Now I'm enjoying what I'm writing. It's pretty out there, perhaps, but I like that. I like to think I've taken a lot from Douglas Adams, he who penned the Hitchhiker's Guide to the Galaxy, but I realize it could just be that I've tried to take a lot from him and botched it all.
I had a title for the book. Then I changed it to Godwright tries really hard not to fuck up too much. Then Jewels said that was awful, which I kinda knew deep down, so now I just have it saved as Godwright.
I'll be honest, I named the guy Godwright for no deeply meaningful reason. I always thought I'd give two things really meaningful names: the main character of my first book and my first child.
Of course I also thought I would have a few published short stories by the time I started writing my first book, but you know, sometimes writing turns out to be a bit harder than your naive mind had it pegged for so you gotta despair a bit and question your ability. That's fine, though–probably even better that way or whatever.
Here's a bit of the plot that I have so far. Godwright is a new teacher at an inner-city school. He is struggling, naturally. Students scream at him and one threatens to punch him. Then he hooks up with another teacher, who gets pregnant, and as she tells Godwright that she's pregnant, the student that threatens to punch him (along with four cronies) hears her tell Godwright she's pregnant. So then that turns into a bit of a problem because the principal is very much against relationships between teachers.
Anyway, that's what I have so far. It's been a giggle to write, and oftentimes I'll find myself laughing at what I'm writing, which either means I genuinely think it's funny or I'm trying to force myself to believe it's funny, and I'm never sure which it is.
In On Writing by Stephen King, he writes that authors must compose their first drafts with the figurative door to the world closed. He's rather adamant about that. However, I want to share just a little bit of what I've written. Let's say the door is still closed, but that I'm slipping a few paragraphs under the door to you, dearest blog reader.
My first couple lines are these:
“You sit down, mothafucka,” said Eli as the rest of the class froze in eager anticipation. They were probably thinking that a show was coming, maybe even one that involved a student rattling a teacher’s cage, swinging a couple of lazy fists into his jaw, perhaps dislodging some teeth.
I am that teacher. I gauged Eli’s anger as being pretty damn high, noticed the path to the door was blocked by ravenous students that could smell blood, and checked the window to see if it was open and if I could jump out if Eli started loping toward me.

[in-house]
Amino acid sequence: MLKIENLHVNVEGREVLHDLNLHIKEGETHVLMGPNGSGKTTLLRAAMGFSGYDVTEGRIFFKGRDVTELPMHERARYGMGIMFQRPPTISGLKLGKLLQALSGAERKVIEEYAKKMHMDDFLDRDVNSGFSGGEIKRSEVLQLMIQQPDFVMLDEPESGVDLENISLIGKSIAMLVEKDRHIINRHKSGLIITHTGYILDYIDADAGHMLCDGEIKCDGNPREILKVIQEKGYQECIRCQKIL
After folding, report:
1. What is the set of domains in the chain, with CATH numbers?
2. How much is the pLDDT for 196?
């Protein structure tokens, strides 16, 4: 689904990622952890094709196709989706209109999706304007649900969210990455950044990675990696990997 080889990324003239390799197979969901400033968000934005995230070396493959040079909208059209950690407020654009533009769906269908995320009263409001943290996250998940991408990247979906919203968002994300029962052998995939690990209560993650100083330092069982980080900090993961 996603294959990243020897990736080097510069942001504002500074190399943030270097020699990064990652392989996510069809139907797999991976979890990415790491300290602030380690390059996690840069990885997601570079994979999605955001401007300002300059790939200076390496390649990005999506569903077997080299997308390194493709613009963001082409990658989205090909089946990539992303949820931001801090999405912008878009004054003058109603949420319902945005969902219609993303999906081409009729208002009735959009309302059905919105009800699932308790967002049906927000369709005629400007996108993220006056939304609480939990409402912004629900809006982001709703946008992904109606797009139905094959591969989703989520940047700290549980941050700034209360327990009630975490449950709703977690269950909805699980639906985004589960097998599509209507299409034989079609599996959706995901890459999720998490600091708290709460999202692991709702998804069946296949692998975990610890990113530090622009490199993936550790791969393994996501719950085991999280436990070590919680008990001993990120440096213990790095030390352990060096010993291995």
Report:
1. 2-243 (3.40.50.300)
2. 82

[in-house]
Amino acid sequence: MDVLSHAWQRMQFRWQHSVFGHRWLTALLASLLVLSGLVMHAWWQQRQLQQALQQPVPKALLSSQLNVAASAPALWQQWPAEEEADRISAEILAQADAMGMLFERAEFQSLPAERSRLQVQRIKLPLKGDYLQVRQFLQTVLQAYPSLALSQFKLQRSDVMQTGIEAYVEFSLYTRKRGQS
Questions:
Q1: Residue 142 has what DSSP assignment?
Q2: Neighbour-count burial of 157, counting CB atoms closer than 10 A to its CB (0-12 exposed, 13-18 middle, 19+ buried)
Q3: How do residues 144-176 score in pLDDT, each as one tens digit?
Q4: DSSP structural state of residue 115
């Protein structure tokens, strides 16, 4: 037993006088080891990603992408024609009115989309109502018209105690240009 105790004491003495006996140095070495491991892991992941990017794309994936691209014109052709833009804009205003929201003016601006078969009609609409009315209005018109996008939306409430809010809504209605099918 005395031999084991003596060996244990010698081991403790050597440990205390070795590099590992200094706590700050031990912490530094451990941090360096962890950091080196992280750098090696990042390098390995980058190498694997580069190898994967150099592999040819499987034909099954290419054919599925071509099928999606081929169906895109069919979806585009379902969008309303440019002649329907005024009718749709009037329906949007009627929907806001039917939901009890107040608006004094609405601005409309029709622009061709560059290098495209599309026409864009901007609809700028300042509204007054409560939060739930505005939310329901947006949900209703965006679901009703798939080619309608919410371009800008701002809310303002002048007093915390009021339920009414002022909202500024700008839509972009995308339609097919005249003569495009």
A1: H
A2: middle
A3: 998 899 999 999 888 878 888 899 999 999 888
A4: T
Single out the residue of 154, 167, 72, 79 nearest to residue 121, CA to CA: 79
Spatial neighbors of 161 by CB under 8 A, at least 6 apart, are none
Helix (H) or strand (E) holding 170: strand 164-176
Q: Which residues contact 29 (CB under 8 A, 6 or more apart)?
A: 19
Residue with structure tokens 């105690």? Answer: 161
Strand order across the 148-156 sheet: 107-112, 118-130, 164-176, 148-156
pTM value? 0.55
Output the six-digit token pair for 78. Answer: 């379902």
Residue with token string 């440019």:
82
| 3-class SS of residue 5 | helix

The window was open. Thank God.
I've noticed as I've been writing that I really like long sentences that are funny because they are long. Or maybe it's that they're distracting because they're long. Whatever, I really like long sentences. Here's one. (Godwright can't remember the student's name, but he's pretty sure it's either Respect or Ronald. It turns out it's Thomas, but that's superfluous.)
Respect or Ronald wasn’t exactly a big kid–he’d been the water boy on the football team and broken his leg when he’d tripped on a sprinkler head as he was running water out to the huddle, which reminded me a great deal of my own high school days when I’d been a water boy for the water polo team and nearly broken my leg after I’d slipped on the wet deck, despite all the signs that said ‘No RUNNING’, during my school’s state championship loss to the Wilmington Whalers, whose title was later stripped because their water boy had been giving his team weed-laced protein bars, unbeknownst to anyone except the water boy and his dealer, who happened to be the Wilmington Whalers water polo coach, but that’s another story.
Is that funny or just annoying? Oh, don't answer that! My door is figuratively closed; I'm just slipping you things under it, you can't slip stuff back. Just kidding. Anyway.
One last passage. It's the one sex scene I've written. I hope you like it.
I met her at her small apartment. We never ate the pie, although we got so far as to set it on the counter with two plates and two forks to boot. But just before we cut into it, Fellena pushed the plates and utensils out of the way, hopped on the counter, pulled me in so she was straddling me, and.
Yadda yadda yadda. Pretty steamy, huh? I love that and period. I rarely see that, the and period. Maybe I've never seen it. But that's how the sex scene ends. Tantalizing, right?
Also, is this font really small or does it just appear that way next to those big letters? Weebly is the bee's shins when it comes to adjusting font. It's so unpredictable! There's just a plus and minus sign that you can click, but I never seem to know how much bigger or smaller hitting one of those buttons is going to make the letters.
Anyway, I can't help but wonder what is possible for the book. I'd like to say I'm just doing this just for the love, but I think any writer that doesn't want other people to read his or her writing isn't doing it right.
One last thing to divulge. Before I start writing I often find myself turning on this song with Pavarotti and Jeff Beck. I think it's great, really gets me going when I'd rather mope about everything.